Samsung has taken a dig at Apple Maps in Australia after it was reported that iOS users ended up getting lost by following instructions provided by the service.

In a guerrilla marketing stunt that CNET Australia found in Sydney, Samsung put up a setting complete with props to take a not-so-subtle jibe at Apple Maps’ woes in Australia. Reportedly, the Australian police warned travellers of using Apple's troubled mapping software after several motorists got stuck in a snake-infested, desert corner of the country while using their iPhone for directions.

Taking a dig

Taking a dig

Police in Southeast Victoria said they had been forced to rescue a number of motorists who were stuck for up to 24 hours “without food or water” after being directed to the arid Murray Sunset National Park instead of the tourist town of Mildura, 70 km (43 miles) away.

Samsung put up an entire little setting with a muddied-up vehicle and tent along with other camping supplies. A sign next to the vehicle reads,”Oops, should have got a Samsung Galaxy S III. Get navigation you can trust.”

Over the weekend, local Australian police had been urging citizens to ditch the app and rely on paper maps till the issue was fixed. This error was blamed, in part, on double listing in the national GPS database.

This is the latest in a line of jibes in the long standing feud between Samsung and Apple, most of which is being played out in courtrooms. A string of attacks and counterattacks later, US District Judge Lucy Koh told lawyers for the two electronics giants that it was time to make peace during a recent court hearing in San Jose.



Last week, Judge Koh appeared ready to trim the $1 billion jury verdict Apple won over Samsung Electronics this summer. She said she would issue a series of rulings over the next several weeks to address the many legal issues raised at the hearing.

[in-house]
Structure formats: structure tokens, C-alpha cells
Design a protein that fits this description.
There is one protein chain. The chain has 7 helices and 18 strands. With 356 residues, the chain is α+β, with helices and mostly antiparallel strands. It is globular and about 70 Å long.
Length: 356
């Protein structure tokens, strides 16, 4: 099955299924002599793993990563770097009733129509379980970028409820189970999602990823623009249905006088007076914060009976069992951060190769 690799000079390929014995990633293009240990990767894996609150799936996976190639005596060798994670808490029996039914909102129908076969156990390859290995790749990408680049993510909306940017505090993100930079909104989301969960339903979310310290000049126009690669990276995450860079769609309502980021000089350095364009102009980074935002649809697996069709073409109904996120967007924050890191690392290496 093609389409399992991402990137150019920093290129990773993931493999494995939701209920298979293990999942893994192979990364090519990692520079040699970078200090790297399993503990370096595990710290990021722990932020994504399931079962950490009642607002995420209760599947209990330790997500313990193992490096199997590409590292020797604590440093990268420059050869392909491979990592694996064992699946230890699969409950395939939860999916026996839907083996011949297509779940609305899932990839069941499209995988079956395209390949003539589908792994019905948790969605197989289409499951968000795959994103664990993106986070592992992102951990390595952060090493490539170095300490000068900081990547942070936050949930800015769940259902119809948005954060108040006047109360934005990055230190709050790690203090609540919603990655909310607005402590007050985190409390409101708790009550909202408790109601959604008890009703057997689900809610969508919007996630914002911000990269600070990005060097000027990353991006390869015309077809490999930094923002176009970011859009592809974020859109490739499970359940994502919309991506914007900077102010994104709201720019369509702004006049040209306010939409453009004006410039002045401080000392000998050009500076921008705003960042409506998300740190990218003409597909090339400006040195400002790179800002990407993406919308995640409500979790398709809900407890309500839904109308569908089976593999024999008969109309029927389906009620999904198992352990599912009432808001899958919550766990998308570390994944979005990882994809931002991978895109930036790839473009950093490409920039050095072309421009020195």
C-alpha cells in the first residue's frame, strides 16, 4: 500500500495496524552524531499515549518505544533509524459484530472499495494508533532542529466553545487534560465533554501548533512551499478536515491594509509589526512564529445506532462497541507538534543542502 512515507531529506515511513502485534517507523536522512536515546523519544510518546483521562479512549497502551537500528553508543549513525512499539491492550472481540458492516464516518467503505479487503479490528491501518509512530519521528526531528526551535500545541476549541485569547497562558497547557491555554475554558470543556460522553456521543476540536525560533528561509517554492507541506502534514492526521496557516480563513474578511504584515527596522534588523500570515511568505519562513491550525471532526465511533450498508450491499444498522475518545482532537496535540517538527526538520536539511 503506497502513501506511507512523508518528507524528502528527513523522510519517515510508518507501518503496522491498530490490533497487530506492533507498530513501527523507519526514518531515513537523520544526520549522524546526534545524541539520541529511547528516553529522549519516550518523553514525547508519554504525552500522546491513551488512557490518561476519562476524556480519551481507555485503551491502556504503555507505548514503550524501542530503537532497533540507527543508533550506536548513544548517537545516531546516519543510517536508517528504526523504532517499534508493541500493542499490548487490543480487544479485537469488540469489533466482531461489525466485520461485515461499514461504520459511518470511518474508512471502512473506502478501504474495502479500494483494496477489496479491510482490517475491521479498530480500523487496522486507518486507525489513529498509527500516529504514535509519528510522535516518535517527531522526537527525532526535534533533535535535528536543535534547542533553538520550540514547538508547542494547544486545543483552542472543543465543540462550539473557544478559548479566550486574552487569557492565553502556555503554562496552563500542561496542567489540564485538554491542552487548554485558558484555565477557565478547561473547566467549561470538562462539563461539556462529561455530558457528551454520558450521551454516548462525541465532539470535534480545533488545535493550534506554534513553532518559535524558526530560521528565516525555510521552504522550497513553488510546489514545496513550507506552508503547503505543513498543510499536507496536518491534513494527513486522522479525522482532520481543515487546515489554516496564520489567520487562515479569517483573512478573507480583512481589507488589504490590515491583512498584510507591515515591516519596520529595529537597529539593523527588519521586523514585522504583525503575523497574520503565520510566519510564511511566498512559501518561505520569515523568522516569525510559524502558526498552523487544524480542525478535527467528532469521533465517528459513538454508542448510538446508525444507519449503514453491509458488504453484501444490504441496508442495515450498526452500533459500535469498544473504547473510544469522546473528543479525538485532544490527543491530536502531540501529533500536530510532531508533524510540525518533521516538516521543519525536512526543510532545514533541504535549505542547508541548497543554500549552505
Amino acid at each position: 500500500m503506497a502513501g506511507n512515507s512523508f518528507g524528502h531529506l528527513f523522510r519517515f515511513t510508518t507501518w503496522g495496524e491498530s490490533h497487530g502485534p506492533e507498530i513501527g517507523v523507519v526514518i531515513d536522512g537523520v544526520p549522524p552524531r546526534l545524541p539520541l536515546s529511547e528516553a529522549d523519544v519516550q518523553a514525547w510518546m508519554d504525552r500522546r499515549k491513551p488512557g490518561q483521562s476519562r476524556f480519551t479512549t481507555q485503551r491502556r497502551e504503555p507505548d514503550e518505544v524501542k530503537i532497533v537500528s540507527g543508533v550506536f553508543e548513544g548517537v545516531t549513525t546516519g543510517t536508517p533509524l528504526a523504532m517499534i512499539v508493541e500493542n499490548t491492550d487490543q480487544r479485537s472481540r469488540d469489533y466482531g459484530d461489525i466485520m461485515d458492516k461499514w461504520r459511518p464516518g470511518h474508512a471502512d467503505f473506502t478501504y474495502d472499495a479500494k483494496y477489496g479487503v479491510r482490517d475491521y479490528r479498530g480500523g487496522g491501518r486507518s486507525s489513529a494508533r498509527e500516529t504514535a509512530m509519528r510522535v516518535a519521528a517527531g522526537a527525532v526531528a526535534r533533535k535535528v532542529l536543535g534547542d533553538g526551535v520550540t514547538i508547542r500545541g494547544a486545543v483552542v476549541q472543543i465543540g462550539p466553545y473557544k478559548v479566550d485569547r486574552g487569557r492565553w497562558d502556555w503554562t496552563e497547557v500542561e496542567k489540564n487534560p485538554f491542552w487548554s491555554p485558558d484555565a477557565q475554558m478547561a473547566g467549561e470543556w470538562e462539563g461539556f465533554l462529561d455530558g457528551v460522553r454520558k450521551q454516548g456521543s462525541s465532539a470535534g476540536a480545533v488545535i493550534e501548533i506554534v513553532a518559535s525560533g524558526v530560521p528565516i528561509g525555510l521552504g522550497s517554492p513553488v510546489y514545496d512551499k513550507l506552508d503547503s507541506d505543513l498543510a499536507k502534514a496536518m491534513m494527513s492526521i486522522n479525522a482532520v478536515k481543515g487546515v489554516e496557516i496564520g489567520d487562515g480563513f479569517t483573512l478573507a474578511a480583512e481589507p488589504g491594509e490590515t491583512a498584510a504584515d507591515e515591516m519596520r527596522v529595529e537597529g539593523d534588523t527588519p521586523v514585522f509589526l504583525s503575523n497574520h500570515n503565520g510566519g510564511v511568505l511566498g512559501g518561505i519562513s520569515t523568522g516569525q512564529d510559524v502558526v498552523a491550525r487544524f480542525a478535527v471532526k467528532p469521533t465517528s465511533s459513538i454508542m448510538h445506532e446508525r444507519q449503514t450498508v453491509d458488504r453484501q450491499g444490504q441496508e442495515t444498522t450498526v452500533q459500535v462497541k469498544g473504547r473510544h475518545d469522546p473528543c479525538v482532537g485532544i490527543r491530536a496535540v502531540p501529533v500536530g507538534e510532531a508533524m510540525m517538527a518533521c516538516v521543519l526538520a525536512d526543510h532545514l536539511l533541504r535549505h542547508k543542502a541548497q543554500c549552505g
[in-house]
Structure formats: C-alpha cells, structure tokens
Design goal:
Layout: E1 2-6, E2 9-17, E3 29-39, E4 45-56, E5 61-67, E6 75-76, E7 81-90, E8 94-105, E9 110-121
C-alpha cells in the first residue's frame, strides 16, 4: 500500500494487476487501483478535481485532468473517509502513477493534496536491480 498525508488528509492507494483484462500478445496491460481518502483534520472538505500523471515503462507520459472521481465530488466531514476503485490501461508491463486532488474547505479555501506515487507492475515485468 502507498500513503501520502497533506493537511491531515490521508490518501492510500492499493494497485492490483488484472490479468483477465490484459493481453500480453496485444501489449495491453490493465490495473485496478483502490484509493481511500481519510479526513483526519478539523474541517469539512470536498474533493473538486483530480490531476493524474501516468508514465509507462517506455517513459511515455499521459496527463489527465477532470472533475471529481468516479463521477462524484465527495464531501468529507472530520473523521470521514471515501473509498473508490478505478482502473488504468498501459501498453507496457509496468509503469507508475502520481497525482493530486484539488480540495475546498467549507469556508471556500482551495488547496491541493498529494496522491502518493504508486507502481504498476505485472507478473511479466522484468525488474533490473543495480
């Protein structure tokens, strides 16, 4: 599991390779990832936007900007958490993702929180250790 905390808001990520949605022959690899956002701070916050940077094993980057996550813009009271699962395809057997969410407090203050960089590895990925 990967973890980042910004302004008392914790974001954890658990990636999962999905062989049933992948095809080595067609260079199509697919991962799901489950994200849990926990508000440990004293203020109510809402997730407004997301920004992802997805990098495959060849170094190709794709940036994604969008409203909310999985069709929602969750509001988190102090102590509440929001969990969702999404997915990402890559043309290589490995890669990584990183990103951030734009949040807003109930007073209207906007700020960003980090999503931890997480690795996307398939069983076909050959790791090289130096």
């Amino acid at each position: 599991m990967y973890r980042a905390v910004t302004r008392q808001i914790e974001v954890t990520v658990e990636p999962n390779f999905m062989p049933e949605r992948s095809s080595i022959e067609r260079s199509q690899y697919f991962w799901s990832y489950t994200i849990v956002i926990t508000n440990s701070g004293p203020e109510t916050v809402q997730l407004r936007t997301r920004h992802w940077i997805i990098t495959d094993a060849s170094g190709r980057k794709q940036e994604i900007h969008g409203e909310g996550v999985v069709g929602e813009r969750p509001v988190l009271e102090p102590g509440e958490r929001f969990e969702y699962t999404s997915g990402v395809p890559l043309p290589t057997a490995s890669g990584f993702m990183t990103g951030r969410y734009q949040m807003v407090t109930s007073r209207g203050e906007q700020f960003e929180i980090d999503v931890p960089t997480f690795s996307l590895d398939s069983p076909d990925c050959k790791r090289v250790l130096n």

Samsung is seeking a new trial or a reduction of the verdict that resulted from a lawsuit Apple filed in 2011. Apple, on the other hand, urged the judge to add millions more to the award and permanently ban the US sales of eight Samsung smartphones a jury in August said illegally used Apple technology. 

Apple filed a second lawsuit earlier this year, alleging that Samsung's newer products are unfairly using Apple's technology. That's set for trial in 2014. In addition, the two companies are locked in legal battles in several other countries.

Meanwhile, much to the relief of most Apple users, Google has released its Maps app for iOS. Google stated in a blog post that Google Maps is now available for the iPhone and it is rolling out across the world in the Apple App Store. Google claims that the app is designed from the ground up to combine the comprehensiveness and accuracy of Google Maps with an interface that makes finding what a user is looking for faster and easier.

With the legal battle also translating into pot-shots being taken outside the courtroom, we’ve braced ourselves for plenty mudslinging from either sides!

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